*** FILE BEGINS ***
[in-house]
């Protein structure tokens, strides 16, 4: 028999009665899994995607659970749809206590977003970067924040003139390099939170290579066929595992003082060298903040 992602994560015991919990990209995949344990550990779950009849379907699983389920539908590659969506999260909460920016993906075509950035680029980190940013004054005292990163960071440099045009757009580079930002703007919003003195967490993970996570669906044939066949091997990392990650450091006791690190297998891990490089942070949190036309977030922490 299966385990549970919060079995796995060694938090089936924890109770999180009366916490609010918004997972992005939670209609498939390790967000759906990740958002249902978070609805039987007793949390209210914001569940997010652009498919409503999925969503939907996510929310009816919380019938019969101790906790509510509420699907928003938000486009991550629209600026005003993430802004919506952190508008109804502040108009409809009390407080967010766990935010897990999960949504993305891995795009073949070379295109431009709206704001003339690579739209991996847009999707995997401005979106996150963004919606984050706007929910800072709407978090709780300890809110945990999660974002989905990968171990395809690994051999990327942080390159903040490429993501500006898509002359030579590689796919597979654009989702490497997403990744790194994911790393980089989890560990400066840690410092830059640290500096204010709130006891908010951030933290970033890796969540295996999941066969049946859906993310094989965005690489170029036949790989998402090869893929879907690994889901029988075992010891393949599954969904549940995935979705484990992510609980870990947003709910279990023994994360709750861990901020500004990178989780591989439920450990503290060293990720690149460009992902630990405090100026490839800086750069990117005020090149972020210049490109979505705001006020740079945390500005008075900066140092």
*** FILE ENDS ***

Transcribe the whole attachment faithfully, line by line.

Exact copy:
[in-house]
């Protein structure tokens, strides 16, 4: 028999009665899994995607659970749809206590977003970067924040003139390099939170290579066929595992003082060298903040 992602994560015991919990990209995949344990550990779950009849379907699983389920539908590659969506999260909460920016993906075509950035680029980190940013004054005292990163960071440099045009757009580079930002703007919003003195967490993970996570669906044939066949091997990392990650450091006791690190297998891990490089942070949190036309977030922490 299966385990549970919060079995796995060694938090089936924890109770999180009366916490609010918004997972992005939670209609498939390790967000759906990740958002249902978070609805039987007793949390209210914001569940997010652009498919409503999925969503939907996510929310009816919380019938019969101790906790509510509420699907928003938000486009991550629209600026005003993430802004919506952190508008109804502040108009409809009390407080967010766990935010897990999960949504993305891995795009073949070379295109431009709206704001003339690579739209991996847009999707995997401005979106996150963004919606984050706007929910800072709407978090709780300890809110945990999660974002989905990968171990395809690994051999990327942080390159903040490429993501500006898509002359030579590689796919597979654009989702490497997403990744790194994911790393980089989890560990400066840690410092830059640290500096204010709130006891908010951030933290970033890796969540295996999941066969049946859906993310094989965005690489170029036949790989998402090869893929879907690994889901029988075992010891393949599954969904549940995935979705484990992510609980870990947003709910279990023994994360709750861990901020500004990178989780591989439920450990503290060293990720690149460009992902630990405090100026490839800086750069990117005020090149972020210049490109979505705001006020740079945390500005008075900066140092």